How Turkey successfully averted a crisis with the Vatican

How Turkey successfully averted a crisis with the Vatican

The good news came through a column. Hürriyet columnist Fatih Çekirge opened his piece, “How Turkey’s crisis with the Christian world was averted,” on March 30, datelined “The Vatican,” by relieving everyone: “Let’s first break the news. Turkey and the Christian world have gone through a serious crisis over Apr. 24 [the anniversary of the Armenian genocide]. And that crisis was averted at the last minute.” 

Mr. Çekirge then mentions a dinner he had attended as a guest at the Piazza San Pietro in the Vatican, luckily sitting next to Turkey’s ambassador to the Catholic city-state. The columnist praised the Turkish ambassador, Professor Mehmet Paçacı: “It has been so useful to appoint a theologian with credible intellectuality as ambassador to the Vatican instead of [just] a diplomat.” Mr. Çekirge finally leaves the floor to a quote from Ambassador Paçacı: “If the Pope decided to go to Yerevan on Apr. 24, a serious crisis would have erupted. But this will not happen [thanks to] Turkey’s influence.”

This was excellent news. Except that the crisis the theologian/ambassador said had been averted was just rescheduled from Apr. 24 to Apr. 12. The boring-and-amusing Turkish pastime that blends childish doses of self-deception with unfounded self-confidence repeated itself when the Holy See labelled the tragic events of 1915-1920 as the first genocide of the 20th century, and, consequently, the highly intellectual theologian/ambassador, Mr. Paçacı, was recalled by Ankara. 

All of which reminded this columnist of an entry in the first episode of the “Headlines from the centennial!” series: “Turkey threatens to freeze its diplomatic ties with the 96 countries where Armenian genocide denial is a crime unless they reduced prison sentences for this offense (Jan. 13, 2012).” The “fictional” headline from the Istanbul press in the year 2023 was a semi-joke on how Ankara was on a continuous downfall in its efforts to defend the non-defendable “our-noble-ancestors-did-nothing-wrong” line.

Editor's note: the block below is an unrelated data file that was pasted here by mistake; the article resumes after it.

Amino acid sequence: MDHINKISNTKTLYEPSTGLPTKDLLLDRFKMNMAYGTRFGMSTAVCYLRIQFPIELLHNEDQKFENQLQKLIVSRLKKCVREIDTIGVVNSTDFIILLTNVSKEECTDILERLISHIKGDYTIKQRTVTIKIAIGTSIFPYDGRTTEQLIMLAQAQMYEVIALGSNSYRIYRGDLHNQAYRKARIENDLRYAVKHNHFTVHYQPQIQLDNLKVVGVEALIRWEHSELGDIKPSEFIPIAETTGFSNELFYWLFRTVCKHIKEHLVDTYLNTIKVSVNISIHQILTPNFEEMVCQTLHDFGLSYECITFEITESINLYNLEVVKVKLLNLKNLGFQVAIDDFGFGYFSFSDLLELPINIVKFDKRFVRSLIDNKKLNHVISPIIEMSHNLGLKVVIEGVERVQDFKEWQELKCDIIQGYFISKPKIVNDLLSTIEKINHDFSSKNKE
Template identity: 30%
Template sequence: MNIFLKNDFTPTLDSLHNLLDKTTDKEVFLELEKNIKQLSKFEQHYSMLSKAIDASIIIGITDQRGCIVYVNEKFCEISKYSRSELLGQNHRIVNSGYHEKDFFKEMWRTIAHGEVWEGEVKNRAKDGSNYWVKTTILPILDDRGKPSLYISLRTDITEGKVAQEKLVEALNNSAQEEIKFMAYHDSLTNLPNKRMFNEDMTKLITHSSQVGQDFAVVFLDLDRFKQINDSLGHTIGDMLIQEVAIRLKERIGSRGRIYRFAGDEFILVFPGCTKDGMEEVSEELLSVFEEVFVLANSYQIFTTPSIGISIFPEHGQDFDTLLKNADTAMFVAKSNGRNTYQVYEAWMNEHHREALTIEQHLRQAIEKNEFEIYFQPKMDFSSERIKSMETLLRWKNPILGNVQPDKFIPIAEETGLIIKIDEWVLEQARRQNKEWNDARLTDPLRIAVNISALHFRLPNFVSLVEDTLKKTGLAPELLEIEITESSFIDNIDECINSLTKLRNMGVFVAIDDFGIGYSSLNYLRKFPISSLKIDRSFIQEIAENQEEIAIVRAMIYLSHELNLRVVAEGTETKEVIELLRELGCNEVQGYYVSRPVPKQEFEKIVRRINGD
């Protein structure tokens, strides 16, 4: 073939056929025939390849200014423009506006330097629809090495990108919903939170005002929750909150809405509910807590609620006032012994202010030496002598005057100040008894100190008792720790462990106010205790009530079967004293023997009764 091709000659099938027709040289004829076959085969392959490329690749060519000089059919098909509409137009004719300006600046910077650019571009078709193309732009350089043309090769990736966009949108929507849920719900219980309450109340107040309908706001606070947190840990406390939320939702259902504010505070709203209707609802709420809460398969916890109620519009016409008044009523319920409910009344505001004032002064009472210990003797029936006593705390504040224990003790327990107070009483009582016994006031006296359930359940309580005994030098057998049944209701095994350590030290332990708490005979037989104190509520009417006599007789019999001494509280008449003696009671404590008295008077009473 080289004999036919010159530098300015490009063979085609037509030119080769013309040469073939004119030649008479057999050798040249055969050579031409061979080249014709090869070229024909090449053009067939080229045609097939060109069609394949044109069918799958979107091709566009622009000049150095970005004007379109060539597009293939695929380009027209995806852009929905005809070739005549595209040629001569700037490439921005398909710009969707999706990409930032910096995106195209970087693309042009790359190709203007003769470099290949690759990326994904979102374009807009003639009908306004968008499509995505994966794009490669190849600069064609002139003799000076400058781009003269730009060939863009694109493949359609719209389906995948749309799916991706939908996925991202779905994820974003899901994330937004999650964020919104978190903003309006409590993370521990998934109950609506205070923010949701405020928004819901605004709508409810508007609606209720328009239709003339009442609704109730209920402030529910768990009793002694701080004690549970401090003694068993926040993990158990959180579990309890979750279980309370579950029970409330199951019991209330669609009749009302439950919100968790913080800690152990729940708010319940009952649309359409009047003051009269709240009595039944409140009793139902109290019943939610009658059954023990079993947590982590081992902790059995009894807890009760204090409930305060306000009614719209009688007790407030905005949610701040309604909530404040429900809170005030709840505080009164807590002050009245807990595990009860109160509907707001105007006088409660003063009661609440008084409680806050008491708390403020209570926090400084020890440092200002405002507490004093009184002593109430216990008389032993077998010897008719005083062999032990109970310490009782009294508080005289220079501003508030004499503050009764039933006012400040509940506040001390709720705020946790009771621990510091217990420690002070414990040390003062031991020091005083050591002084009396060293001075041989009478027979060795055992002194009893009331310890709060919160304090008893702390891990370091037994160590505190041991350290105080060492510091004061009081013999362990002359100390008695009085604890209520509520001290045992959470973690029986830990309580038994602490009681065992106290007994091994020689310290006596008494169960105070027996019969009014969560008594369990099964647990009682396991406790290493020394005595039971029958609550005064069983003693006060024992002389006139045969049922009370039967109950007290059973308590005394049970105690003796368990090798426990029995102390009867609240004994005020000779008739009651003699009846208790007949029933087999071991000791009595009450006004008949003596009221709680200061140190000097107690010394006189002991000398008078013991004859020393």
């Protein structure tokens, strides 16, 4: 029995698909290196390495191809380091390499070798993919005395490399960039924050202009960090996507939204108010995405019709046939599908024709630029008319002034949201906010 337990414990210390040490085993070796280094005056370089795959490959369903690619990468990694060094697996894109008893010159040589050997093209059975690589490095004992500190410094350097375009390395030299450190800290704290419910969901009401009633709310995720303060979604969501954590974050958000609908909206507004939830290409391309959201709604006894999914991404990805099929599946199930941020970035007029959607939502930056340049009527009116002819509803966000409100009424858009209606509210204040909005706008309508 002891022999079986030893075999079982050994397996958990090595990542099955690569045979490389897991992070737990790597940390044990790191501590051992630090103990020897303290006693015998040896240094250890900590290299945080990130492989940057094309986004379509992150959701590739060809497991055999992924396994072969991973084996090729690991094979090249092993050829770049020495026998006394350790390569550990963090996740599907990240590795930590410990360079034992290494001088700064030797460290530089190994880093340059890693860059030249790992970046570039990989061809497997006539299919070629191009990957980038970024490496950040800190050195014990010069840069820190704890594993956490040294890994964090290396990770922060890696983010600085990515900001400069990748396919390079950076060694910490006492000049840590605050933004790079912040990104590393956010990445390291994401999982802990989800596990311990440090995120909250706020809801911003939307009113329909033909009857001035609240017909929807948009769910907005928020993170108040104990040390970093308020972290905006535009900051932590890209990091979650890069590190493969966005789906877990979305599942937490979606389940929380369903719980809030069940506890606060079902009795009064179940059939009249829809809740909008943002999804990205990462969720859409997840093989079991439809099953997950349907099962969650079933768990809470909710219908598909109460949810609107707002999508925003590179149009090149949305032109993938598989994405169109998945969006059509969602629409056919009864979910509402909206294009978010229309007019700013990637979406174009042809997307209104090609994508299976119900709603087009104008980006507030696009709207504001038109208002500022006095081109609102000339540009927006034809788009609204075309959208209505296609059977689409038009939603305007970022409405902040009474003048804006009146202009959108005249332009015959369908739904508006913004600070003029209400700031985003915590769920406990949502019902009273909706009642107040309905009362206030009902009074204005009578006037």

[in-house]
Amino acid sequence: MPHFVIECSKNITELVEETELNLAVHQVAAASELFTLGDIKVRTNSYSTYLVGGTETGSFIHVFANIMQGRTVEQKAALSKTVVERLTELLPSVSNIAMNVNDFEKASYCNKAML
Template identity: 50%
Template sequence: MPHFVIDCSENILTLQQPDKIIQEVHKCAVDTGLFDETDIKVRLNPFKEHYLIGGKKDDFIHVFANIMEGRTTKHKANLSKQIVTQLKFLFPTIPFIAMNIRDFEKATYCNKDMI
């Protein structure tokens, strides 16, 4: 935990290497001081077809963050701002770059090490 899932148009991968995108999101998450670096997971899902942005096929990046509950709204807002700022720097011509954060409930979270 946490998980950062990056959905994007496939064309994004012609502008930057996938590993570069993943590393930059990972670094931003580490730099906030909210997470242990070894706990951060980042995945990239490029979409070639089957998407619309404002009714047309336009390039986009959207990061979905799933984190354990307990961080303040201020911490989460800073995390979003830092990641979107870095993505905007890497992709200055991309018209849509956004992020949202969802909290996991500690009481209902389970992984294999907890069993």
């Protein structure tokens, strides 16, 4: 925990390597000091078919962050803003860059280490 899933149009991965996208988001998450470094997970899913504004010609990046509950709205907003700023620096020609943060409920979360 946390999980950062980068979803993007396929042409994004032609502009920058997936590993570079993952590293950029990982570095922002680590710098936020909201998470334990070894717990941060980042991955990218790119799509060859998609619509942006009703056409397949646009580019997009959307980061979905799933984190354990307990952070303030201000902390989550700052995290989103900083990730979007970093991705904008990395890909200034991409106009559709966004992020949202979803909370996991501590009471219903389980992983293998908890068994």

But fear the Turkish wrath! Foreign Minister Mevlüt Çavuşoğlu has threatened that Ankara was mulling further (retaliatory) measures against the Vatican. That’s scary. 

Not every journalist has the privilege to sit next to a Turkish ambassador at a dinner and “break the [good] news” on how Turkey’s influence helped avert a crisis between the Crescent and Star and the Christian world. But your columnist has his own sources and challenges his colleague in breaking further good news. This is how Turkey will retaliate against the Vatican’s stab in the back:

Defense companies from the Vatican will not be allowed to compete for lucrative Turkish contracts, including deals for missile systems and fighter aircraft. Government-friendly NGOs in Turkey will launch massive boycotts against Vatican-made whiteware and other consumer goods. 

Economists expect the Vatican’s powerful carmakers will be affected the most. Turkish tour operators will stop carrying millions of tourists to the holy city every year, depriving the Vatican’s vibrant hotel industry of $$$$$. 

Turkey will also use its superpower influence and block the Vatican’s bid to become a member of the United Nations Security Council. Separately, a planned Turkish soft loan for the Vatican, worth $52 billion, will be suspended until the Pope apologizes to Turkey.

Rumor also has it that Prime Minister Ahmet Davutoğlu told his inner cabinet that the Pope’s days as the leader of the worldwide Catholic Church were now numbered – just like Syrian President Bashar al-Assad’s. In another punishing move, Mr. Davutoğlu allegedly ordered the mighty Turkish navy to sail to the Bahamas to stop the Vatican’s offshore hydrocarbon exploration activity there. 

Mr. Çekirge is right. It was an excellent idea to appoint a theologian/ambassador with credible intellectuality to the Vatican. Appointing just an ordinary ambassador could have caused a crisis between Turkey and the Christian world. Now that that crisis has been luckily averted, Ankara may consider appointing theologian/ambassadors to other western (and eastern) capitals too.